From: Eliezer S. Yudkowsky (email@example.com)
Date: Tue Dec 12 2000 - 23:23:58 MST
"Eliezer S. Yudkowsky" wrote:
> Gordon Worley wrote:
> > Why a gene? How are genes afraid? From the gene research I've read,
> > all that genes have been proven to determine is physical traits, not
> > natural behavior.
> The behaviorist fallacy to which you refer is a known but still-popular
> myth started by social "soft" scientists in the decades before
> evolutionary psychology. Please also note that I am not talking about the
> variance between humans, but the species invariants that hold true for all
> humans, as they do not hold true for all chimpanzees or all songbirds.
> I strongly recommend "The Psychological Foundations of Culture" by
> Cosmides and Tooby, in "The Adapted Mind" edited by Barkow, Cosmides, and
> Tooby, to clear up any lingering misconceptions about the flow of
> causality between individual minds, memes, adaptations, environmental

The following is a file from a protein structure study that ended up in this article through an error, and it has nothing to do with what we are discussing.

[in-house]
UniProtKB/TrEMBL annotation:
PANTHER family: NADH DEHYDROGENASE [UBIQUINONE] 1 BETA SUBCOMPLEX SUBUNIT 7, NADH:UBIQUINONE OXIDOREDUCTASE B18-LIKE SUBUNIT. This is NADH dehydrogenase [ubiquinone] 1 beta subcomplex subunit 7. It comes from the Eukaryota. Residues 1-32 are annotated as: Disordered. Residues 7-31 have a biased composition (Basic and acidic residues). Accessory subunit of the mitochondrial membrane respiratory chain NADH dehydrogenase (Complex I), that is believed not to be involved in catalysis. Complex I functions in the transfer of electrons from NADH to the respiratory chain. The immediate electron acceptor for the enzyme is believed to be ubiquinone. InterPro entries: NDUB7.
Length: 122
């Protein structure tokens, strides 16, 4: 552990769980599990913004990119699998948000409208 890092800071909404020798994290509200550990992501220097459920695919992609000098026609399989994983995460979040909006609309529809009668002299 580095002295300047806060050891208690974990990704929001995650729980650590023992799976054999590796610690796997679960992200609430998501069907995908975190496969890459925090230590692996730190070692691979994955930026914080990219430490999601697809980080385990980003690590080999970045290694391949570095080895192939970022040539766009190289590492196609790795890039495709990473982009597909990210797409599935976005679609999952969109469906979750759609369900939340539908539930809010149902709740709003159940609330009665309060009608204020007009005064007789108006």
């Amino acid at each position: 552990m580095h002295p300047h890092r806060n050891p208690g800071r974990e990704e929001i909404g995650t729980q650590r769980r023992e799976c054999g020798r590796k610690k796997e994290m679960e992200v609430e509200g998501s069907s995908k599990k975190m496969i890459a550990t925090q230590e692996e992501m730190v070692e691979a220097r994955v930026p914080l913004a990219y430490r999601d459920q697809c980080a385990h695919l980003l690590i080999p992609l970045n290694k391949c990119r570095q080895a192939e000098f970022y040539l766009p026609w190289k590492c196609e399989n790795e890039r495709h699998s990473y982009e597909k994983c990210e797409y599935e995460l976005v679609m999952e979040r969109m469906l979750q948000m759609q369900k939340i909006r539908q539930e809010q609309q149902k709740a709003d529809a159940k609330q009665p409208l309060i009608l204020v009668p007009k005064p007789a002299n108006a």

> variances, and selection pressures in the ancestral environment.
Incidentally, "known myth" is very strong language, especially about a
meme that still hasn't been completely wiped out, so let me clarify: "The
Psychological Foundations of Culture", in addition to laying out the
present-day integrated perspective, also reviews the systematic bias and
flawed experiments that supported the generalist fallacy, all the way back
to Margaret Mead's distortions of her findings in Samoa. (Margaret Mead
was previously regarded as a saint of the social sciences, but later
anthropological investigation revealed that her key findings were spun
almost entirely out of thin air and her own prejudices.) So when I say
"known myth", I am not just talking about a bad hypothesis, I am talking
about a systematic ideology that was milked for political consequences and
was later found to have manufactured evidence to support itself.
-- -- -- -- --
Eliezer S. Yudkowsky http://intelligence.org/
Research Fellow, Singularity Institute for Artificial Intelligence
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